Malheur National ForestLeave review
About Malheur National Forest
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History of Malheur National Forest
The Malheur National Forest was established by President Theodore Roosevelt on June 13th, 1908. It was created out of the larger Blue Mountains Forest Reserve which was established two years earlier.
The purpose of the Forest Reserve and National Forest system, as expressed in the Organic Act of 1897, was to protect water flow and to ensure a continuous supply of timber.
The Malheur Forest was named for the Malheur River which has its headwaters in the southeastern part of the Forest. Malheur is a French word for misfortune (literally "bad hour"). The River was named by the fur trapper Peter Ogden in the 1820's when a cache of supplies hidden along its banks was taken by Indians.
Cy Bingham was the first Malheur Forest Supervisor, a position he held until he retired in 1920 to become the Grant County Sheriff. Bingham was one of the first six Forest Service employees hired in Oregon. The entire work force at this time consisted of ten employees who had to provide their own horses, saddlery, camp gear, and uniforms. They spent the bulk of the non-winter months camping and patrolling the Forest on horseback.
The first order of business for the new Forest was to set up grazing systems which would alleviate the conflicts between sheep herders and cattlemen which had sometimes erupted into gun play. Both sides knew that the land was being damaged by over grazing but they had very different opinions as to who was causing the damage. Eventually a grazing permit system was established which is still in use today.
Another important role for early Forest employees was wild fire detection and suppression. Dry lightning is common in the Blue Mountains and starts between a few dozen and several hundred fires every year. The need to control fires over such a large area, with so few employees, led to the development of a series of trails, lookouts and guard stations. The first lookouts were high points on the landscape or trees from which the upper branches were removed and a flimsy "crows nest" was built.
The original guard stations were wall tents with a few exceptions like the Muderers Creek Guard Station which is a one room cabin built around 1908. Although they were frequent, most of the fires before 1930 were relatively small and could be easily put out by one or two people. This was because the natural fire regime of frequent, light fires kept the understory clear of brush and debris which could carry the fire into the tree tops. The unintended side effect of successful fire suppression was a buildup of understory fuels which has led to increased fire severity since the 1930's. It is not uncommon today to need several hundred fire fighters and heavy equipment to contain these larger wild fires.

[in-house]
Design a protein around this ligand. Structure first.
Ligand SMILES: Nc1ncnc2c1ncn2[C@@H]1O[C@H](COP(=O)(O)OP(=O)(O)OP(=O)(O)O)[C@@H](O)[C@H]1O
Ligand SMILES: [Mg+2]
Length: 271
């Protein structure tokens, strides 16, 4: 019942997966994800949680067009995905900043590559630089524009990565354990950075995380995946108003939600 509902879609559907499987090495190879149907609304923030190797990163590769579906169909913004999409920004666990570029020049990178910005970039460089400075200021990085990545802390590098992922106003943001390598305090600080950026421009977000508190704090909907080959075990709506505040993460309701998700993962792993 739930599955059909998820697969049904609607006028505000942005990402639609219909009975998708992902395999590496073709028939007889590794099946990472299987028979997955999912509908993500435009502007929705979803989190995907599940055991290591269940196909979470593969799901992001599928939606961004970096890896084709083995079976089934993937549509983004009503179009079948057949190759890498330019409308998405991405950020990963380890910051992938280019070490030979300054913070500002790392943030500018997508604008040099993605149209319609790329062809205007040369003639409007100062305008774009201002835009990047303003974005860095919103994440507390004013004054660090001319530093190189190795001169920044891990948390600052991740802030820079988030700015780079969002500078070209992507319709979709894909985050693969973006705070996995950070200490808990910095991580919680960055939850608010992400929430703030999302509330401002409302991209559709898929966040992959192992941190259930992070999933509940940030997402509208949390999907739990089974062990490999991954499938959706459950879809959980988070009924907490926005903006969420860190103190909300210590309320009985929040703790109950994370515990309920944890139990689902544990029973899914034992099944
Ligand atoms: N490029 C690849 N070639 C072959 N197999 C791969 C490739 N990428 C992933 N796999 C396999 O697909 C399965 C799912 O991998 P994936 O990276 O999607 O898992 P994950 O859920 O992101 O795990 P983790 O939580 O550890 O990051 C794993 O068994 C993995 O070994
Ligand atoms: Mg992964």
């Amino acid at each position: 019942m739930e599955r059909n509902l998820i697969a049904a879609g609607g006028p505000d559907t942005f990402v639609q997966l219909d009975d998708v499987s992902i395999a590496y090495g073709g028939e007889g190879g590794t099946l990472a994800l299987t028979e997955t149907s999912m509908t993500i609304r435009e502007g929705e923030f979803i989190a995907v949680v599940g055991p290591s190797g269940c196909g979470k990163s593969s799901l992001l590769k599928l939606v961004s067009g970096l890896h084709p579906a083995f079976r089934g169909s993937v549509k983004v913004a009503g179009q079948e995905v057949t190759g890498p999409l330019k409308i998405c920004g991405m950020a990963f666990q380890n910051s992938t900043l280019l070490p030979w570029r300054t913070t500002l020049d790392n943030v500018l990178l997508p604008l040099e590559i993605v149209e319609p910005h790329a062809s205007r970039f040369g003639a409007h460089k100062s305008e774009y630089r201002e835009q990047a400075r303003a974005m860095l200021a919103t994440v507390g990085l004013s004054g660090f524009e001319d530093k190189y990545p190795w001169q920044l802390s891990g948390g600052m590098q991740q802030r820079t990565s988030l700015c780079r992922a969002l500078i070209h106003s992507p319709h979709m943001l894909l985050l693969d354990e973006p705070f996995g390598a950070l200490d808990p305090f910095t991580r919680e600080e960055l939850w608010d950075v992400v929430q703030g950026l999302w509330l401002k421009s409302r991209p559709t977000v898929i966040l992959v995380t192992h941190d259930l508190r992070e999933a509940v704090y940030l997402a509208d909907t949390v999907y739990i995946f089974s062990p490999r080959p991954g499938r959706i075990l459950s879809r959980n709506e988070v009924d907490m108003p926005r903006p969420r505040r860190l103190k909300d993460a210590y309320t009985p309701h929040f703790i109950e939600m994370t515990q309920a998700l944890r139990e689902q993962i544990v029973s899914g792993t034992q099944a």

Most of the currently used Forest Service lookouts, campgrounds and buildings were constructed during the 1930's by the Civilian Conservation Corps (CCC).
Timber production was a relatively minor part of the administration of the Malheur National Forest until 1930 when a substantial logging railroad was built from the town of Burns into Bear Valley at the heart of the Forest. The construction of this extensive rail network was required by the Forest Service as part of the first large scale timber sale on the Forest. The Bear Valley Timber Sale, possibly the largest volume of timber ever sold in the continental United States, was sold to the Hines Lumber Company in 1928. Timber harvest from this sale continued until 1968.
Administrating such a massive timber sales program, as well as suppressing larger fires, necessitated hiring a larger work force, at least seasonally. Timber sale planning and administration remains the largest aspect of the administration of the Malheur National Forest although the volume of timber offered for sale has reduced steadily during the 1990's.
Recreation has always been an important activity on the Forest. Traditionally, the bulk of recreational use has centered around camping, hunting and fishing. The first public campground on the Forest was built before 1916 along one of the Forest's premier trout streams. Horseback riding and hiking along the many trails used by Forest Service employees and herders has also been a popular pastime. The bulk of the recreational use of the Forest has traditionally been by people living in the local area but some hunters have come from the Willamette Valley since before 1920.
As highways and automobiles became better and more affordable increasing numbers of non-local visitors have used the Forest.
In 1975 the Strawberry Mountain Wilderness Area was set aside for non-motorized recreation. The size of the wilderness area was almost doubled in 1984 and an additional wilderness area, Monument Rock, was also declared.
Cross country skiing, snow mobiling, and mountain biking have become popular forms of forest recreation in recent years.